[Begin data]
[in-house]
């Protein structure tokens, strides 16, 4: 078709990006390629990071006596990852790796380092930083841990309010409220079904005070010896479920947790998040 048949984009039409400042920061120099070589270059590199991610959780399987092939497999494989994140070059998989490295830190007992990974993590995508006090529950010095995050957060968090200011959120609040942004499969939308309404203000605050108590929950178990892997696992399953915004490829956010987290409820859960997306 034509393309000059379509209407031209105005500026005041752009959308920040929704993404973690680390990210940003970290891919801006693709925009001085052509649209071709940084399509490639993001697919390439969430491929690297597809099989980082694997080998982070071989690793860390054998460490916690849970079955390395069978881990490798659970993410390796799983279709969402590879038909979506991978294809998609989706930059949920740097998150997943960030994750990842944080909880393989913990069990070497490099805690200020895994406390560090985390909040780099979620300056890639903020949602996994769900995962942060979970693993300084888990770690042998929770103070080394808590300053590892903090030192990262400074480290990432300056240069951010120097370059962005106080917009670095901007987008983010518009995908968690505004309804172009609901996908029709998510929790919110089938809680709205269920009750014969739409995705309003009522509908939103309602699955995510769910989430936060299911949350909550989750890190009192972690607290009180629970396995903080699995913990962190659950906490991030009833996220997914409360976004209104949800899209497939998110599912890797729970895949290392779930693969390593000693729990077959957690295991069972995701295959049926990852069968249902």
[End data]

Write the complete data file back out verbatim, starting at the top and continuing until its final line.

[in-house]
């Protein structure tokens, strides 16, 4: 078709990006390629990071006596990852790796380092930083841990309010409220079904005070010896479920947790998040 048949984009039409400042920061120099070589270059590199991610959780399987092939497999494989994140070059998989490295830190007992990974993590995508006090529950010095995050957060968090200011959120609040942004499969939308309404203000605050108590929950178990892997696992399953915004490829956010987290409820859960997306 034509393309000059379509209407031209105005500026005041752009959308920040929704993404973690680390990210940003970290891919801006693709925009001085052509649209071709940084399509490639993001697919390439969430491929690297597809099989980082694997080998982070071989690793860390054998460490916690849970079955390395069978881990490798659970993410390796799983279709969402590879038909979506991978294809998609989706930059949920740097998150997943960030994750990842944080909880393989913990069990070497490099805690200020895994406390560090985390909040780099979620300056890639903020949602996994769900995962942060979970693993300084888990770690042998929770103070080394808590300053590892903090030192990262400074480290990432300056240069951010120097370059962005106080917009670095901007987008983010518009995908968690505004309804172009609901996908029709998510929790919110089938809680709205269920009750014969739409995705309003009522509908939103309602699955995510769910989430936060299911949350909550989750890190009192972690607290009180629970396995903080699995913990962190659950906490991030009833996220997914409360976004209104949800899209497939998110599912890797729970895949290392779930693969390593000693729990077959957690295991069972995701295959049926990852069968249902």